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ARS Home » Midwest Area » Ames, Iowa » National Animal Disease Center » Ruminant Diseases and Immunology Research » Research » Publications at this Location » Publication #290435

Title: Abortion associated with Mycoplasma bovis (M. bovis) in a bison (Bison bison) herd

item Register, Karen
item WOODBURY, MURRY - University Of Saskatchewan
item DAVIES, JENNIFER - University Of Calgary
item TRUJILLO, JESSE - Iowa State University
item PEREZ-CASAL, JOSE - University Of Saskatchewan
item BURRAGE, PATRICK - Burrage Veterinary Services
item CLARK, EDWARD - University Of Calgary
item WINDEYER, CLAIR - University Of Calgary

Submitted to: Meeting Abstract
Publication Type: Abstract Only
Publication Acceptance Date: 2/20/2013
Publication Date: N/A
Citation: N/A

Interpretive Summary:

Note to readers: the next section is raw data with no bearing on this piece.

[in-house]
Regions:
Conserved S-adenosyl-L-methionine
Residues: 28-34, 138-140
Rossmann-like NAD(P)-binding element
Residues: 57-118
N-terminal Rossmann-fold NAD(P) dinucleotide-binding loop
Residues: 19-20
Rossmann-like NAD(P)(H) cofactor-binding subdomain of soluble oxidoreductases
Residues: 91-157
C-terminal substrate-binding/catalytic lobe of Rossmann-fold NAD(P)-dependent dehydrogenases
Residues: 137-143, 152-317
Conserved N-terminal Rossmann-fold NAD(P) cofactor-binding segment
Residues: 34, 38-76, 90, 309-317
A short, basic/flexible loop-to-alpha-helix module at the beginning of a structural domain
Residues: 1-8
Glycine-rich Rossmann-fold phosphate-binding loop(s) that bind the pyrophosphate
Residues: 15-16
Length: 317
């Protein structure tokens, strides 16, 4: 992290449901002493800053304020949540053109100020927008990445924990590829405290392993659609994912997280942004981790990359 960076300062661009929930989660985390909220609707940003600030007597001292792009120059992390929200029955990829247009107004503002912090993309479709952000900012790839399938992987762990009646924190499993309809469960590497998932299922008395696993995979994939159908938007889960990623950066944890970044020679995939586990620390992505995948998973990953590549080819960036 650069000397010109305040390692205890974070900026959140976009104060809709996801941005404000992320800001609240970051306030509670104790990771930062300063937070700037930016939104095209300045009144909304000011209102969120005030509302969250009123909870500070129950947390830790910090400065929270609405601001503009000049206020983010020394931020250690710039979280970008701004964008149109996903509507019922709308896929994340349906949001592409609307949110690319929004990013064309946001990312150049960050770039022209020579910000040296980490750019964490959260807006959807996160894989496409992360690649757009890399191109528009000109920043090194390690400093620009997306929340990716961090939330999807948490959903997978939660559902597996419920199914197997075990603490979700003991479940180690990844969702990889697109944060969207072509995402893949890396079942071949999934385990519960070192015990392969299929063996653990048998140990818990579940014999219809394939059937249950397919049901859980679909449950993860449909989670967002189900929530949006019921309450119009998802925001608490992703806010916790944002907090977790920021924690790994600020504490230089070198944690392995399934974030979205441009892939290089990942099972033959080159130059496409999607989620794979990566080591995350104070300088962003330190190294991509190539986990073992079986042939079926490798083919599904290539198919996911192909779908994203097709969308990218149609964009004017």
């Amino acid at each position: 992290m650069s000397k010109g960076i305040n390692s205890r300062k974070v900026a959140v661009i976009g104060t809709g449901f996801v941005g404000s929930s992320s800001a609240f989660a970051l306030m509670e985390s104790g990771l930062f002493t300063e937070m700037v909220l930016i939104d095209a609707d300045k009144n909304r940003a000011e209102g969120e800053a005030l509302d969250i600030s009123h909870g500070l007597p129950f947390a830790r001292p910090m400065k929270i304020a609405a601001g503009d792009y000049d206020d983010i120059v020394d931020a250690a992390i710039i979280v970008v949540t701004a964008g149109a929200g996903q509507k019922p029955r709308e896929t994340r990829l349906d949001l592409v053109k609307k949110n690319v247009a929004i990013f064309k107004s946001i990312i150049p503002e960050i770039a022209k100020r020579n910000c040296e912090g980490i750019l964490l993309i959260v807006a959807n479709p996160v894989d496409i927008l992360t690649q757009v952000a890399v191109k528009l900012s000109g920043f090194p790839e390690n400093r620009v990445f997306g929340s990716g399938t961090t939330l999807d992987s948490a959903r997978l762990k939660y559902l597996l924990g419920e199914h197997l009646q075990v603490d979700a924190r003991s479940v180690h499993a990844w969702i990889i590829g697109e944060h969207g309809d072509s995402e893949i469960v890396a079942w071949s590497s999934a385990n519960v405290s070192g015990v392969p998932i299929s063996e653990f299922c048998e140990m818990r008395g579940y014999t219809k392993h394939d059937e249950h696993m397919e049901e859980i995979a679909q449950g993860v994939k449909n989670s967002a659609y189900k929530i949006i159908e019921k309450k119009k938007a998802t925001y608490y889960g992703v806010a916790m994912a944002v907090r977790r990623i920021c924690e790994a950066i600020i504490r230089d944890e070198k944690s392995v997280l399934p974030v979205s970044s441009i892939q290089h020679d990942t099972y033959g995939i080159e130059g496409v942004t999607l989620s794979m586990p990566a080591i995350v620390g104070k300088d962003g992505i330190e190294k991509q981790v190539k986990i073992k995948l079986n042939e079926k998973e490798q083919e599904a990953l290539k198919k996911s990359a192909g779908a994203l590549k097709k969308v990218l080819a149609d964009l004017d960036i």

Technical Abstract: Mycoplasma bovis (M. bovis) has recently emerged as a significant health threat in bison and is an increasing concern and source of economic loss for producers. Clinical manifestations of infection documented in bison include pneumonia, respiratory distress and polyarthritis. The current study describes the isolation and identification of M. bovis from a bison cow and her aborted fetus. Necropsy of the cow revealed severe, caseonecrotic bronchopneumonia with chronic, fibrinous pleuritis and pulmonary sequestra, the typical features of pneumonic mycoplasmosis, as well as severe endometritis and necrotizing vasculitis and thrombosis of the placentome. Mycoplasma-like colonies, confirmed as M. bovis by multiple PCR assays and partial sequencing of the 16S rRNA gene, were cultured from maternal lung, uterus and kidney as well as fetal lung, kidney, abomasal fluid and placentome. Immunohistochemistry demonstrated M. bovis antigen in maternal lung and placentome. Additional analyses of tissues failed to implicate other bacterial or viral pathogens, including bovine herpesvirus 1, Bovine Viral Diarrhea Virus, Ureaplasma species and Tritrichomonas fetus. These data suggest that M. bovis-associated pneumonia in pregnant bison may be accompanied by hematogenous dissemination to the placentome, resulting in necrotizing placentitis and abortion. Veterinarians and producers should consider M. bovis when investigating the etiology of abortion in bison.